Blogger PrickliestPear said...


How to wean well meaning believing Catholics away from this idolization of the priestly caste system, there is the challenge.

I've been thinking about this a lot lately: why do people get stuck at a certain level of development, and how can they be unstuck? I have a couple of ideas, which I'll post about soon.

I suspect we are about to witness some explosive splintering and fragmentation and disintegration before a renewed integration can take place.

I agree. Things will get much worse before they get better.

Here is where we need faith and trust in the Holy Spirit, and humble supplication on our knees, together with practical efforts to both offset the most harmful consequences and offer a living, spiritual alternative.

I agree with that, too. And I think the Catholic Church has, in its intellectual and contemplative traditions, the resources to provide such an alternative. Unfortunately the people in charge have made a habit of emphasising the very things that need to be de-emphasised, while suppressing the best theological work.

6:23 p.m.  
Blogger PrickliestPear said...


The idea of "constantly changing" leaders is something that might actually be a good idea. I think bishops (including the Bishop of Rome) should have term limits. And it goes without saying that the selection of bishops has to be decentralised. I doubt we'll ever see either of these things happen, though.

I'm not sure what you mean about the Jesuit order. My understanding is that their leader is elected for life, no?

6:41 p.m.  
Blogger colkoch said...

Prickliest, These are all good comments. I would only add that there is a very serious priest shortage coming and that will force change on Catholics whether they want it or not. I suspect communities who are with out priests will see their communion services evolve into full fledged Masses and communities will offer the full Sacramental array in creative ways. Perhaps with different responsibilities allocated to different people. I could easily envision a person like a professional counseling type become responsible for the sacrament of reconcilliation.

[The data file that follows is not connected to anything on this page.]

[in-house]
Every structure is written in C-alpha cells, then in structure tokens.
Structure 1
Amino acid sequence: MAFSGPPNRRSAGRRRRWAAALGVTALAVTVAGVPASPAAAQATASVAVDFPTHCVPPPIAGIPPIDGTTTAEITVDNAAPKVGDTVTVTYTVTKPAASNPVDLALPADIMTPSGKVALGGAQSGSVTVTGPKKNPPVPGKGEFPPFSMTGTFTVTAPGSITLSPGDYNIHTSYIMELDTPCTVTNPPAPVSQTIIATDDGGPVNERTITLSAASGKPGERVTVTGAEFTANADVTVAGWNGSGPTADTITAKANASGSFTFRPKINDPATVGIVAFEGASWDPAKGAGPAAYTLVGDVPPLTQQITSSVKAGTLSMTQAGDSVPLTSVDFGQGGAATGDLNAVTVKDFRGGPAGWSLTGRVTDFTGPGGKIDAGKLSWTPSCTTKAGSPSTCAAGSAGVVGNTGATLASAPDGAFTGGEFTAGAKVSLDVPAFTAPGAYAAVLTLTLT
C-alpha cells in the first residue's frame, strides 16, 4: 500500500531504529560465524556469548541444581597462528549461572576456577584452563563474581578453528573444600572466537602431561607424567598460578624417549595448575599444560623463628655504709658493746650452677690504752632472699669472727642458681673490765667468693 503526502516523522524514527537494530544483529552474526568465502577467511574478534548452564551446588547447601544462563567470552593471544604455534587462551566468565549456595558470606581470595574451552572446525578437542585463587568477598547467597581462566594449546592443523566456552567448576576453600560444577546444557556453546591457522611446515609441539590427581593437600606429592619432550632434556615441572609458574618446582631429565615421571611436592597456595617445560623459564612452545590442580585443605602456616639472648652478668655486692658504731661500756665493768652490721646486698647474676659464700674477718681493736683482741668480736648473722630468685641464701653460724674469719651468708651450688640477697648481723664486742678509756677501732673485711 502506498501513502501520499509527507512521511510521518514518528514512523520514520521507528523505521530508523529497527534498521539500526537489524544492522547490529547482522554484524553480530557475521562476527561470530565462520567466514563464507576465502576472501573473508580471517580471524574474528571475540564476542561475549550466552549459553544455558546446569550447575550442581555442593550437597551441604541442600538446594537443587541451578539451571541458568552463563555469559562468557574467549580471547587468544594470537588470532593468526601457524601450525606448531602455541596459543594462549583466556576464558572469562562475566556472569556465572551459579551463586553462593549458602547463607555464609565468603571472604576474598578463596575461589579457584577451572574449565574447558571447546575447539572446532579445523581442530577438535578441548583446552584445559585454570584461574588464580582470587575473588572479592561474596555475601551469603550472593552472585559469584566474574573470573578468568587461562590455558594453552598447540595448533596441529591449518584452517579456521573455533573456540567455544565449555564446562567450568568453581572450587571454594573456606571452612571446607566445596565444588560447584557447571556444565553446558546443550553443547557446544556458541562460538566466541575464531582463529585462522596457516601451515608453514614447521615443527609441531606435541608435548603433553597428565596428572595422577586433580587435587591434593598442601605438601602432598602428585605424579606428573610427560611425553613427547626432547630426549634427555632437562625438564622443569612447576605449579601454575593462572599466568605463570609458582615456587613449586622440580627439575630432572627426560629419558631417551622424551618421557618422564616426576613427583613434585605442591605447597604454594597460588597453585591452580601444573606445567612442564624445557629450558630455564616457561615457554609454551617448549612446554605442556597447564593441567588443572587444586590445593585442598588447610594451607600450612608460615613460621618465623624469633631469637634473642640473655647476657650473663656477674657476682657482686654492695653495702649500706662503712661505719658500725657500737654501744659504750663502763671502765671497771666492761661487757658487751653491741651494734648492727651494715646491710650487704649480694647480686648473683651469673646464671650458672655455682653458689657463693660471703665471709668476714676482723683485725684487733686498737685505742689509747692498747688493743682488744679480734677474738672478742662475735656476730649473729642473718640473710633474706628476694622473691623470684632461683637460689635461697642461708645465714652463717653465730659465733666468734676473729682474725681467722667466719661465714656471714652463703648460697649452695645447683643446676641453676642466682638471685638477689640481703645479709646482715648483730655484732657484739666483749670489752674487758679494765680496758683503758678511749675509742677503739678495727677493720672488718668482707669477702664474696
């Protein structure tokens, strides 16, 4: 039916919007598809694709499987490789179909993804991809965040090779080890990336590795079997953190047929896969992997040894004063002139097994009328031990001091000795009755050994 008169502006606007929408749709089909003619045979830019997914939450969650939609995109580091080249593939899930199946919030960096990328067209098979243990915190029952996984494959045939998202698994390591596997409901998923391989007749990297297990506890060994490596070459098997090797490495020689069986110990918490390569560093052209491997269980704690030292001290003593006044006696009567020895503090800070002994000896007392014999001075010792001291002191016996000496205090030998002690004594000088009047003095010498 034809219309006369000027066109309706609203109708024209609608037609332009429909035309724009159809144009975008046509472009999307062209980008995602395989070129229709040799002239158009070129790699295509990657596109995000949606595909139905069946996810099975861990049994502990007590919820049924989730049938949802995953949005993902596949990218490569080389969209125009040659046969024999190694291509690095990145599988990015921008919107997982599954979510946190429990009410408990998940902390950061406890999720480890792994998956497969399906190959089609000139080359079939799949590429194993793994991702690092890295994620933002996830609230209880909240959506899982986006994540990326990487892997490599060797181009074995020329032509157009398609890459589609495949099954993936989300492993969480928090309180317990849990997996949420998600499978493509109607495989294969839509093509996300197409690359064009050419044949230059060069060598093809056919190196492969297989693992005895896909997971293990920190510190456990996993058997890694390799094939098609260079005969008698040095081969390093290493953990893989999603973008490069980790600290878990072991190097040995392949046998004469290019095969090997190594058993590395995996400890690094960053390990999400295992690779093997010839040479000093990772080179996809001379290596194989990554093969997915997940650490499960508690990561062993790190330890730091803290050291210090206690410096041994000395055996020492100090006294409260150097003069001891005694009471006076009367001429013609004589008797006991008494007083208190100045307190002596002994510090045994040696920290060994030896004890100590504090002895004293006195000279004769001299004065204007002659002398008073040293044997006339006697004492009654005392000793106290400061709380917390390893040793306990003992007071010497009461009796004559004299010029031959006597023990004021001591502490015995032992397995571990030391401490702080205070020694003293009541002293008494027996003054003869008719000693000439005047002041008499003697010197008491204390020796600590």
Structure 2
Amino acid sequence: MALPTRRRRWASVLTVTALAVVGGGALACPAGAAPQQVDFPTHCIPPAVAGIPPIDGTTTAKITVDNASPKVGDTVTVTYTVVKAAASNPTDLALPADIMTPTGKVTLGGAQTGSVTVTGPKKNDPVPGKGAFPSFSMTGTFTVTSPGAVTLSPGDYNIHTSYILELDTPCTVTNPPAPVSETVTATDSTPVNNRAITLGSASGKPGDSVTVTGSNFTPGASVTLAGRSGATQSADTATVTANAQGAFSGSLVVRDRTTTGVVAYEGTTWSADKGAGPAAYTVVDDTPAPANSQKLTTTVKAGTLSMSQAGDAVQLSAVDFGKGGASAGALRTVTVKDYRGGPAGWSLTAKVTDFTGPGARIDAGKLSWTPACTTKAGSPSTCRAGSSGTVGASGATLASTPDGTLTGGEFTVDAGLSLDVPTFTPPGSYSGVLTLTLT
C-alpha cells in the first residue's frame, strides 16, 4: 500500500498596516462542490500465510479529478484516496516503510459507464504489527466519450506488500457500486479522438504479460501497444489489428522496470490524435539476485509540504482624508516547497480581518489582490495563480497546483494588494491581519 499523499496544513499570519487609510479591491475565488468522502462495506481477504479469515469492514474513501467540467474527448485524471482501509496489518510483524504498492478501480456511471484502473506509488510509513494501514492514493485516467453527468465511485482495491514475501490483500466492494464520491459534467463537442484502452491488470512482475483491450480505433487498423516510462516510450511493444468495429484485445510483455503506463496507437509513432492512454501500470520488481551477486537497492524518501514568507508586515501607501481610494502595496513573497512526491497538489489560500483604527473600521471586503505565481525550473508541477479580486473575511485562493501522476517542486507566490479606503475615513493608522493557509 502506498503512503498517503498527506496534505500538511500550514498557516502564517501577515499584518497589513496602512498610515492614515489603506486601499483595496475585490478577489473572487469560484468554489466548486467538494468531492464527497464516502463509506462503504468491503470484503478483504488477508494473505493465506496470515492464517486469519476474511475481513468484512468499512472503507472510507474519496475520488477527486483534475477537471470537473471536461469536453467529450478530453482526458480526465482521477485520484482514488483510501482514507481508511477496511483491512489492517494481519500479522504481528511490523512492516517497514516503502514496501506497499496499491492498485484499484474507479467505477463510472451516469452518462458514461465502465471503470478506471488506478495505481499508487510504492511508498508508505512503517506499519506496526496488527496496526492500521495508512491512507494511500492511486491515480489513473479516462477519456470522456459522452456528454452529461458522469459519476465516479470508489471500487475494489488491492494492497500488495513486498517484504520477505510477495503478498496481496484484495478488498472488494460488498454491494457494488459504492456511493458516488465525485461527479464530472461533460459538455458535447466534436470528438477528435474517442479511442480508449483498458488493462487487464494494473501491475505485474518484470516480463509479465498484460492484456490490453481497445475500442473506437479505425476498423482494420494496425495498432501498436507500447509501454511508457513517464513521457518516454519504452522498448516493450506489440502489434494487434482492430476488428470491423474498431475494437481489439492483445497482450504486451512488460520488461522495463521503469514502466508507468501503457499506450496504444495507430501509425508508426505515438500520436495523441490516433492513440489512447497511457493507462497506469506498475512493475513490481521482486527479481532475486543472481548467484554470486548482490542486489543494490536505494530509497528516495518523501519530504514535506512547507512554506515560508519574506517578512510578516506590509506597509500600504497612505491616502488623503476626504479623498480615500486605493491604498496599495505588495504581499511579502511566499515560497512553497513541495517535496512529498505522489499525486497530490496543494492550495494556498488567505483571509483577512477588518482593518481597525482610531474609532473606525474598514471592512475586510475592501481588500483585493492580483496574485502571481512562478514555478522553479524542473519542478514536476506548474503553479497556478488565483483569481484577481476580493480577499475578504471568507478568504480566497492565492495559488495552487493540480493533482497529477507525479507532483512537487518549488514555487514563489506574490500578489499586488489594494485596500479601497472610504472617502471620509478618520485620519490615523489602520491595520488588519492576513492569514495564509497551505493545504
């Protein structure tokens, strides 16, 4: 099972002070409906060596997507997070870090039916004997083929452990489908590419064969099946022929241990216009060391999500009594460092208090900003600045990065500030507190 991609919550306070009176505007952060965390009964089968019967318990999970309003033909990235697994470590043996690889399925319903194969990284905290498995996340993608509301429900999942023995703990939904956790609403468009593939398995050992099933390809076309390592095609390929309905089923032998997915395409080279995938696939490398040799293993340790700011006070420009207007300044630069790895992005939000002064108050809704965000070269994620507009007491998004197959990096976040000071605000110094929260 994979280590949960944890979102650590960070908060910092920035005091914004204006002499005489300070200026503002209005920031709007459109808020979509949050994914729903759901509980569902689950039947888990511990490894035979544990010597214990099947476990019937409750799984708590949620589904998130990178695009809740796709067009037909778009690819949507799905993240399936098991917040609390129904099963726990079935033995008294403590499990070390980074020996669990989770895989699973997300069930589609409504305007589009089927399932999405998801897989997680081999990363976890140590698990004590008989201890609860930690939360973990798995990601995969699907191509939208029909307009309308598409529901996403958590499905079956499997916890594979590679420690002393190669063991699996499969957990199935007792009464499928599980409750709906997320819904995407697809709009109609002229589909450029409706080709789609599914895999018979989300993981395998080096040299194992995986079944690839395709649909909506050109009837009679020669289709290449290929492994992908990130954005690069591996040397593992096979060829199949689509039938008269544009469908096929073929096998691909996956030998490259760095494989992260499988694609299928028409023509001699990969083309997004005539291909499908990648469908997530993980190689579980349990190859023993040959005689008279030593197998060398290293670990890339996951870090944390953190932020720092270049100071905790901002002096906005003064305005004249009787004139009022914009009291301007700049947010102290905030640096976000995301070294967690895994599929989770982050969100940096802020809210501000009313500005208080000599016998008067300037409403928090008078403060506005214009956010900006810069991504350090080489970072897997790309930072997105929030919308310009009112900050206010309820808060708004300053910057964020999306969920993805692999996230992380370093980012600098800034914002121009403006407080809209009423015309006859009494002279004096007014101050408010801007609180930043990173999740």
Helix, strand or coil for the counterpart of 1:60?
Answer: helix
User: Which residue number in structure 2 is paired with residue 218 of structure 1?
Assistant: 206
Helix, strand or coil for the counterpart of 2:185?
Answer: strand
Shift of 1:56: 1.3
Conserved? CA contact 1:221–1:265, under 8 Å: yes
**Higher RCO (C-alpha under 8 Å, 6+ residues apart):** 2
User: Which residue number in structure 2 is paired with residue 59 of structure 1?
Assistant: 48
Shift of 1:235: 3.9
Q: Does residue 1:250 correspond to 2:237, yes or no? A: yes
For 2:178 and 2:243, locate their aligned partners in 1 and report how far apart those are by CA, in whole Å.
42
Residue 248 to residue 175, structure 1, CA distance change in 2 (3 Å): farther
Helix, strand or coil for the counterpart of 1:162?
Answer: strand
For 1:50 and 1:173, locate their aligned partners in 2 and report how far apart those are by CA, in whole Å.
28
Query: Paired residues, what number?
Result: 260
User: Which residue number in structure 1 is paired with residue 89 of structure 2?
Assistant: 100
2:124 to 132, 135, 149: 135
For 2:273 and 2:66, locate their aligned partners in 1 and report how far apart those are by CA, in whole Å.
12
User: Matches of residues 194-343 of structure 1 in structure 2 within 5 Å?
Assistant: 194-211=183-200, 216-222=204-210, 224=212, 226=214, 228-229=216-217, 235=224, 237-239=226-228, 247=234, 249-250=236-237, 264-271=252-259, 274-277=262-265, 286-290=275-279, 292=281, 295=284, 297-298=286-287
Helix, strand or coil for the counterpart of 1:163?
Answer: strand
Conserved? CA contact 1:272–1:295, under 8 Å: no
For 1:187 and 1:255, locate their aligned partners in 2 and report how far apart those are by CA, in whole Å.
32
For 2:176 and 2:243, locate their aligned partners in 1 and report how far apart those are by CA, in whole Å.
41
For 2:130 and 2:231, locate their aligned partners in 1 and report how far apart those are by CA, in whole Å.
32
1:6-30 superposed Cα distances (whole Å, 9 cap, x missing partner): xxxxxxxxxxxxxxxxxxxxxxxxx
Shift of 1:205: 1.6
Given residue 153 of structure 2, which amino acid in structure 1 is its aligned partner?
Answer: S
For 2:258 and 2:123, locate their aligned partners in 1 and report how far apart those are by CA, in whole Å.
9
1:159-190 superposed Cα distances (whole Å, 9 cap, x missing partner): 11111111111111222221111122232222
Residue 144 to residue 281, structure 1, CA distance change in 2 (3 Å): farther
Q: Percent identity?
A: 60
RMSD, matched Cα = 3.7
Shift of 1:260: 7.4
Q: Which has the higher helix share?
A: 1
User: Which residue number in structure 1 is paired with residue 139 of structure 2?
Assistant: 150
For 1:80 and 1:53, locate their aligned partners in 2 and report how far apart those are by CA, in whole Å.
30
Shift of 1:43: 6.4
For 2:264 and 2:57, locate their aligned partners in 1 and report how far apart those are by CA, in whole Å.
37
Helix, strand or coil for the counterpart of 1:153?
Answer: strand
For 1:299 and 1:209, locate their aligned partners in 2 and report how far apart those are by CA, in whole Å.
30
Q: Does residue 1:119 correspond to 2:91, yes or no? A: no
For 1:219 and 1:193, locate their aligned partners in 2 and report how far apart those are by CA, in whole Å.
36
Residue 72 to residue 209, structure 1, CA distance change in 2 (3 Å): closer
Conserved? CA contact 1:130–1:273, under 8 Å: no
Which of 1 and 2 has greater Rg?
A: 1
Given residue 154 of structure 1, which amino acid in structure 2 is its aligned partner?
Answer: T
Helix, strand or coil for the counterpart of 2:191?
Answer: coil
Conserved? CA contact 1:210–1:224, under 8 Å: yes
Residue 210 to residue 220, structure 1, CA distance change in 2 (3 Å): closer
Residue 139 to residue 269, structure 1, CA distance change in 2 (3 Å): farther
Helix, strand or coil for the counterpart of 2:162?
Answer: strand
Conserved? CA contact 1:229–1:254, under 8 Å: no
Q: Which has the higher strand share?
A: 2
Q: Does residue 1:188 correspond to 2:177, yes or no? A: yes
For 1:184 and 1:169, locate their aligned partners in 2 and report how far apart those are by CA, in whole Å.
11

The set up I can see is far more like the descriptions of Paul's initial communities where gifts were discerned and people accepted their discerned role and the responsibility their gifts entailed. It's amazing how people can evolve and adapt when they have too.

I think the Vatican will eventually find itself with a major urban Church and a population of people who have the luxury of not changing.

The priest shortage is even more accute in Latin America and they already have the experience of the Community Based groups which could easily morph into a reformed Catholicism. The impetus for a change in celibacy could very well come from Latin America and Africa. The priest shortage is a huge factor in the success of Evangelicals. The bishops from these areas may be far more ammenable to change because they must know if the don't they will lose even larger chunks of their Catholic populations to Evangelicals.

7:28 p.m.  
Blogger crystal said...

Yeah, I think leaders changing is a good thing. The head of the Episcopal Church, for instance, has a nine year term, I think.

About the Jesuits. Yes, you're right. The last superior retired in his 80's, just a year or two ago, I think.

I was thinking more about how the rest of the Jesuits relate. There are provincials for different geographical areas, and they change often. My spiritual director says that they are are basically equals and treat each other so because their positions are always changing - the guy who is your boss this year could be working for you next year.

4:08 a.m.  
Blogger PrickliestPear said...


Ah, I see. That makes a lot of sense, actually.

10:38 a.m.  
Anonymous Henry said...

If the sole purpose of the Church was to promote a “Christianity of Values” then I would agree with John, but since it’s not, then, of course I don’t.

As it stands now, both inside and outside the Church, we breathe the air of the reduction of faith to a certain vision of the world and life, to a morality or a set of values that, as such, can be admired or fought against. There are those, like Christians and some from the secular world, who uphold them, and others who fight against them in the name of the principle of the radical self-determination of the individual. But they all share one trait in common: an attempt to build a “Christianity without Christ.”